They caught a staff that was decent, but today is mostly forgotten. Lee Meadows, Carmen Hill, Vic Aldridge, and Ray Kremer were the only men to start double figure games. All were right-handed and Hill and Aldridge gave up more hits than they had innings pitched. Hill was 22-11 with a 3.24 ERA (4.7 WAR) and a 1.224 WHIP. Meadows was 19-10 with an ERA of 3.40 (4.6 WAR), and a 1.273 WHIP. Kremer’s ERA was 2.47 with a 19-8 record (6.5 WAR, good for second on the team to Paul Waner) and a WHIP of 1.143. Aldridge went 15-10, had an ERA of 4.25 (0.0 WAR–try doing that very often) and a WHIP of 1.345. Only four other men pitched in double figure games. Johnny Morrison had three saves, Johnny Miljus had an ERA of 1.90, and Mike Cvengros was the only lefty. The lack of a  lefty would hurt them in the Series.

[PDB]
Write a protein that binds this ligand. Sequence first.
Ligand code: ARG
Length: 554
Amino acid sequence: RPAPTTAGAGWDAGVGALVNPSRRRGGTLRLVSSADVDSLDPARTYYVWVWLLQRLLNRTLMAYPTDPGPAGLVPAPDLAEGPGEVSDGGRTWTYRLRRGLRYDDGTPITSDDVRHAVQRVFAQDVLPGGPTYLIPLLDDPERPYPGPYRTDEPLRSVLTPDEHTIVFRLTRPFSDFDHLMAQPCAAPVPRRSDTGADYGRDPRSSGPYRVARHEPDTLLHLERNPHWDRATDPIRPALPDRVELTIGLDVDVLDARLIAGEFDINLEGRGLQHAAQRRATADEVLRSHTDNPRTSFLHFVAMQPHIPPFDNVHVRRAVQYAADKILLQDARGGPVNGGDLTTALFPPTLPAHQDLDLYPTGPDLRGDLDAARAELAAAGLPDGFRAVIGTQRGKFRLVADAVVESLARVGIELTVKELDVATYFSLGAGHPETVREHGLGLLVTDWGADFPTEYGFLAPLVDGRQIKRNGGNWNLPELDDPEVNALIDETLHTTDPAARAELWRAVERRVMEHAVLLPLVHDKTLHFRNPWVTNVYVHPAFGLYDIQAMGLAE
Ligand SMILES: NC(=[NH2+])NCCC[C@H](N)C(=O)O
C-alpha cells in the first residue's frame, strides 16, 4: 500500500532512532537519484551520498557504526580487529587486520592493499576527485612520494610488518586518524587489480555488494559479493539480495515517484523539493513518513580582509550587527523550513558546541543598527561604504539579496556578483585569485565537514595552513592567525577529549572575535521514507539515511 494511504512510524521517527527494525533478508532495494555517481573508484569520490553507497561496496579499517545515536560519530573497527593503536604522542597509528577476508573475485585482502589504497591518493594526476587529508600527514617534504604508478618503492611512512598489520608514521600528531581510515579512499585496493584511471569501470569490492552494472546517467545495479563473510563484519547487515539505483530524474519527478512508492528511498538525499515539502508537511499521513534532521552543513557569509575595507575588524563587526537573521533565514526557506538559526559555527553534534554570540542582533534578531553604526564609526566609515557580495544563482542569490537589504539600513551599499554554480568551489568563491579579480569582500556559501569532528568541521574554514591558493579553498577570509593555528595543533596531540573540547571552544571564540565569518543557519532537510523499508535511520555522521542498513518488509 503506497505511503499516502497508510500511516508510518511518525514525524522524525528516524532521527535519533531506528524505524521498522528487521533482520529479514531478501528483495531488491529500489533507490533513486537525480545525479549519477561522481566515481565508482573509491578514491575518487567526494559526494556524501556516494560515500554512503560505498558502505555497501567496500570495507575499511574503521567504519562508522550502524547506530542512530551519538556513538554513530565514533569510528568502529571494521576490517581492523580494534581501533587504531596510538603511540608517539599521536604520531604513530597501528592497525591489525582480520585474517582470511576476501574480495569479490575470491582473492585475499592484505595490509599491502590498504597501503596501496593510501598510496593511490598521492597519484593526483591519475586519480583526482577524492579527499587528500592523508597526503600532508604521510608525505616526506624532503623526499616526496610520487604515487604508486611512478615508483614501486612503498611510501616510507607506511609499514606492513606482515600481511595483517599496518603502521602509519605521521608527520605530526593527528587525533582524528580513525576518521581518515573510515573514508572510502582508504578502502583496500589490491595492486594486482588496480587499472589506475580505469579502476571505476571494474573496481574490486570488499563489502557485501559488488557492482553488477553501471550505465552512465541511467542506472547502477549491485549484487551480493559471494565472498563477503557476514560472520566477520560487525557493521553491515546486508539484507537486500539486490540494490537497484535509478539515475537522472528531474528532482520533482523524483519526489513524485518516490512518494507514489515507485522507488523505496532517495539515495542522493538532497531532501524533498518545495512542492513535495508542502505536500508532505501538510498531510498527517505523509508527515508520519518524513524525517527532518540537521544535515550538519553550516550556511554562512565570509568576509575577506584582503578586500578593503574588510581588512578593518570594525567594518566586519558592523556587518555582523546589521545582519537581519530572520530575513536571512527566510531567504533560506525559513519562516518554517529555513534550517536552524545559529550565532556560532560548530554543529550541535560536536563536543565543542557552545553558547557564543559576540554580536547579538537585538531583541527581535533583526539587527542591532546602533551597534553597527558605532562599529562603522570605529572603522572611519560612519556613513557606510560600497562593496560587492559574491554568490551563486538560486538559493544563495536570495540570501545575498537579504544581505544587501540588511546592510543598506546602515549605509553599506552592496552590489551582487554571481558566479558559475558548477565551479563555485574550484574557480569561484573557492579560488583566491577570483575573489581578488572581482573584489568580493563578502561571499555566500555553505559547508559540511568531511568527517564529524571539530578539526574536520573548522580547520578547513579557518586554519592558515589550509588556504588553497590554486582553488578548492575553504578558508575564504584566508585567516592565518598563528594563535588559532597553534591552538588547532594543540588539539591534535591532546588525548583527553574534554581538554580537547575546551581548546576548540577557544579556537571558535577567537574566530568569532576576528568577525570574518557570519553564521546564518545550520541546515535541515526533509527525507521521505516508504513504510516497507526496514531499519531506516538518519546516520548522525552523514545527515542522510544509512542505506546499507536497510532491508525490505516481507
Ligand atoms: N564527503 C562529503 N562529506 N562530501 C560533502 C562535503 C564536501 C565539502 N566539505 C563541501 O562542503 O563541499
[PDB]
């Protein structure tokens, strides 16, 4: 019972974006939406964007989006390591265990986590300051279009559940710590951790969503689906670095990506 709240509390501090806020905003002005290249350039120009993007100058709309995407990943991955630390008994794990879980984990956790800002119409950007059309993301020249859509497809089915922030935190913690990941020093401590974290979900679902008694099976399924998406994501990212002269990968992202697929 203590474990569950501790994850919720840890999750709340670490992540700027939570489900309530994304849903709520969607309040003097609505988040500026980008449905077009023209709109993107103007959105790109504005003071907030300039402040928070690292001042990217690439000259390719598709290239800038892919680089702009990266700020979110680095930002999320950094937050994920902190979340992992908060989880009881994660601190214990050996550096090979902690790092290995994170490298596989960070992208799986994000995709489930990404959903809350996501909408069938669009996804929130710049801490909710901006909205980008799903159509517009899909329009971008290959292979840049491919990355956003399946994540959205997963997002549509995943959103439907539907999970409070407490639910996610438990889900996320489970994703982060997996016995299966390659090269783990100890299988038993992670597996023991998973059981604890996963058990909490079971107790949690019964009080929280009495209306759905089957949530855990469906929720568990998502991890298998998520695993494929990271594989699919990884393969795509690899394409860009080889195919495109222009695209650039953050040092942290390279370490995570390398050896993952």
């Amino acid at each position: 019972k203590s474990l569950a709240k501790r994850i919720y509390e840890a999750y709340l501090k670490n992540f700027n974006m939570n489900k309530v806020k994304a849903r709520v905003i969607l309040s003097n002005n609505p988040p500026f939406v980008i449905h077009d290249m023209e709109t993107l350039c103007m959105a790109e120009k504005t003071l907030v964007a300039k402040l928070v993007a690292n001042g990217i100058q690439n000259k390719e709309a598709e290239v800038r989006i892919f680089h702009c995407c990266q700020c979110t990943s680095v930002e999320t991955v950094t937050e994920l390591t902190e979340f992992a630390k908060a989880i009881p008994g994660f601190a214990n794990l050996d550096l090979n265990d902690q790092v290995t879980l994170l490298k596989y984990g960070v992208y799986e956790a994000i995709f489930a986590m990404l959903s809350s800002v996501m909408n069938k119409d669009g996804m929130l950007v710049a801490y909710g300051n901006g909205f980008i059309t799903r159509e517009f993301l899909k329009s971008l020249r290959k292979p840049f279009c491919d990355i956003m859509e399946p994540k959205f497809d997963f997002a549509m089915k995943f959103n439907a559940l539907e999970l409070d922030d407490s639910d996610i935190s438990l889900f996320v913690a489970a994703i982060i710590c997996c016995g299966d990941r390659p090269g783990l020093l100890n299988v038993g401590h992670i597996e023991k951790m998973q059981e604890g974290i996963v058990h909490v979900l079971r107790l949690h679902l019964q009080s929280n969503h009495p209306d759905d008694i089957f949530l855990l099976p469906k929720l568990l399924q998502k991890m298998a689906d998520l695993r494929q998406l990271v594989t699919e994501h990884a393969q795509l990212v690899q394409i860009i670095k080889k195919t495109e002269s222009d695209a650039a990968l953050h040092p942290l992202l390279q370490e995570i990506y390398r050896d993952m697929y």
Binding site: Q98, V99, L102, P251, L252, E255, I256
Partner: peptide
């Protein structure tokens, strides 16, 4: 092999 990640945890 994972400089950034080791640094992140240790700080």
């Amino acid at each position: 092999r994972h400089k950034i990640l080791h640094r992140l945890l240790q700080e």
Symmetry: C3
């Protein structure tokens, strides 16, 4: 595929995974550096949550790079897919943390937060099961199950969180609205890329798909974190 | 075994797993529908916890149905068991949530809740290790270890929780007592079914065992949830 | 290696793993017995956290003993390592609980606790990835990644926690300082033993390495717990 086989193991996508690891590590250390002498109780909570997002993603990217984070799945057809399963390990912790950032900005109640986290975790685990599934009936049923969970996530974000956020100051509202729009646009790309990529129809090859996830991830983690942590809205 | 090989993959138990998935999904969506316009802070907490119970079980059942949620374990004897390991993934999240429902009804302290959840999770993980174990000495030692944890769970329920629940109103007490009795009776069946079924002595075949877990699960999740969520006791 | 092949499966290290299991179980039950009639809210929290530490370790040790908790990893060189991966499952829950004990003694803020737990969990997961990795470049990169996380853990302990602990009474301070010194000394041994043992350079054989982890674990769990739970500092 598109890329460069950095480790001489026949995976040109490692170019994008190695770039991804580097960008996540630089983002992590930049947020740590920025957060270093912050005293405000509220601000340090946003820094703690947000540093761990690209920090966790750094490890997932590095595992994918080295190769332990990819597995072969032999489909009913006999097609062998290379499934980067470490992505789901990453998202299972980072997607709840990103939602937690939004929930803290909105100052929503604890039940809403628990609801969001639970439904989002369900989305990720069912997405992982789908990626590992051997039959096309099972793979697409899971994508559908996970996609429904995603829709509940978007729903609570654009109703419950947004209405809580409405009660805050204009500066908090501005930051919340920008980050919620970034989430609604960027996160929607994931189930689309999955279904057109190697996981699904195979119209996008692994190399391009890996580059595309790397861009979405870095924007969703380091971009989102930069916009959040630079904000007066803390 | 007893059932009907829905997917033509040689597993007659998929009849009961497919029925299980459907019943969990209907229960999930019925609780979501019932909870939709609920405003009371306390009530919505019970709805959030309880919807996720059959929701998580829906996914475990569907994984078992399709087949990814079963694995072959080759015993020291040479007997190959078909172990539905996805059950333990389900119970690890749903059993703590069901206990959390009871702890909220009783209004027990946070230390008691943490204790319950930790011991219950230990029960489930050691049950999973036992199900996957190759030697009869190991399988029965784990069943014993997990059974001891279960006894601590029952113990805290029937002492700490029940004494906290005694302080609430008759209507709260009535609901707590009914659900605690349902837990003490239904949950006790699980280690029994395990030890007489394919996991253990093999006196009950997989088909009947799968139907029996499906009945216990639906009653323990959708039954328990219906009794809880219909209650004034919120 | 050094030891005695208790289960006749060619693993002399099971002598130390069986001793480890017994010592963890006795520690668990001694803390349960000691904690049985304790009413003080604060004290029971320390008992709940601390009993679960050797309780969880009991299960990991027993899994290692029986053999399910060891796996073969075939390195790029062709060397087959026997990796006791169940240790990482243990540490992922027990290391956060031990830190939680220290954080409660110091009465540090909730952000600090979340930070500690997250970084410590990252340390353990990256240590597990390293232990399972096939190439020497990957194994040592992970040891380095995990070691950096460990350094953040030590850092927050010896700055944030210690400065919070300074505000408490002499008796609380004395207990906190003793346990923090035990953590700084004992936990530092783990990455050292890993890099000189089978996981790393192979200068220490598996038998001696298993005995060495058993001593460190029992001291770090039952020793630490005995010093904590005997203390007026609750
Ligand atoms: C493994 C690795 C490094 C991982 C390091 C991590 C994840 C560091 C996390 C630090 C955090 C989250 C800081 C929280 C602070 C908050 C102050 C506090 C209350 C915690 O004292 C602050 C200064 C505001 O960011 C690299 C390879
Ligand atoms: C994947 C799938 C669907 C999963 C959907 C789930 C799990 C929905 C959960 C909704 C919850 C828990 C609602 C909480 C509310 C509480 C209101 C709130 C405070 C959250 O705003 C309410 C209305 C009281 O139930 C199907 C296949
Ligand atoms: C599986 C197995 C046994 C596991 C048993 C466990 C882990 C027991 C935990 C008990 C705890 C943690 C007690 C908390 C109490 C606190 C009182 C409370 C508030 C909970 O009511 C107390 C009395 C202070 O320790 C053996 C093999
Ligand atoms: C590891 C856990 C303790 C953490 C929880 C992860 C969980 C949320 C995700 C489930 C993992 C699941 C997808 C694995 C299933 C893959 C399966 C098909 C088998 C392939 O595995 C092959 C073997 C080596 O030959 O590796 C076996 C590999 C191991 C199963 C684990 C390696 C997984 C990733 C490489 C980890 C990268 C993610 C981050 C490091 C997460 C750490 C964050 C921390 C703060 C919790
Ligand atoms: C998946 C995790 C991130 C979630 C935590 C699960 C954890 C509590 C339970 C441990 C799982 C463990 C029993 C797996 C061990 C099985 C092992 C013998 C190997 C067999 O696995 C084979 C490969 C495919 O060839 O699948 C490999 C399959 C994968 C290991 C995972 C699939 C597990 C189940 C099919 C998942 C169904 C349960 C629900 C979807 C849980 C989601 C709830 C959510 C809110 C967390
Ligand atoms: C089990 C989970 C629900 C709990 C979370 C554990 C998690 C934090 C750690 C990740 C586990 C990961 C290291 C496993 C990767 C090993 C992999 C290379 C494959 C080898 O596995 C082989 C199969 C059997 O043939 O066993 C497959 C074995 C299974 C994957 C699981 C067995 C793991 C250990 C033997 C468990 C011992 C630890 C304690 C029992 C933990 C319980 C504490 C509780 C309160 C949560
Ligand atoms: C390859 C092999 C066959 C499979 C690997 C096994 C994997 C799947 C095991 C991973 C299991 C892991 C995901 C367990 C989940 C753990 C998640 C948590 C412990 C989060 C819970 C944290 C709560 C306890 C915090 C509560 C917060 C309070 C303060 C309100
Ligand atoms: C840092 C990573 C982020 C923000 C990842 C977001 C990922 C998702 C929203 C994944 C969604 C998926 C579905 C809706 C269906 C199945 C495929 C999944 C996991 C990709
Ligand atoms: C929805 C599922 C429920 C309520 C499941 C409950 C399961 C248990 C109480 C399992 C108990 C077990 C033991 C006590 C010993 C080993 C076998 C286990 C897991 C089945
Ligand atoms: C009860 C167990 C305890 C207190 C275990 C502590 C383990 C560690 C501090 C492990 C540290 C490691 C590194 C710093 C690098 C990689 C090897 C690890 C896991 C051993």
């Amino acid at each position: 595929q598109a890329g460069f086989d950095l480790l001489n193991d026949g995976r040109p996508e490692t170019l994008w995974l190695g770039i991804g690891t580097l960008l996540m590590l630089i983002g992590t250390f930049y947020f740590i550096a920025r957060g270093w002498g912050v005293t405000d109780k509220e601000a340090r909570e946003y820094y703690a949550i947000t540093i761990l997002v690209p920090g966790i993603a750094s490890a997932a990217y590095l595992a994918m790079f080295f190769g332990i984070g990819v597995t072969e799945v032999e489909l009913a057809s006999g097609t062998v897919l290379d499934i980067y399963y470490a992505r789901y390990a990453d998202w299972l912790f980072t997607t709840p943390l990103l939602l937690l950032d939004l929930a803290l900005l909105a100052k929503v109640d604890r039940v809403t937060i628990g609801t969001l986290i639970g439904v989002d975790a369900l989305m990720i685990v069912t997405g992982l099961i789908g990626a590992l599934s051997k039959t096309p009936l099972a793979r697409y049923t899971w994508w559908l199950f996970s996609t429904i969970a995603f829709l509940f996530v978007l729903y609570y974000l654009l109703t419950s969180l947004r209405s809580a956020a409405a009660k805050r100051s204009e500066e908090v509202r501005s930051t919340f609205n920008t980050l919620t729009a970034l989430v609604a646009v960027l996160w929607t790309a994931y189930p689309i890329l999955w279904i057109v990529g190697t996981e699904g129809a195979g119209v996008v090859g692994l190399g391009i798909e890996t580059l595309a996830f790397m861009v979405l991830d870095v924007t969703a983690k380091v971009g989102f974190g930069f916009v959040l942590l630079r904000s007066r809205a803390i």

Pittsburgh had a good, a solid team in 1927. They won the National League pennant by a game and a half (over St. Louis), but they were clearly outclassed by the Yankees. They were big underdogs in the Series.

Long Day at the Office

February 21, 2010

On the 1st of September 1906, Boston saw one of the longest, if not best pitched games ever played. The Philadelphia Athletics, just off a losing trip to the World Series were in town to play the Americans (now the Red Sox). It was a Saturday afternoon.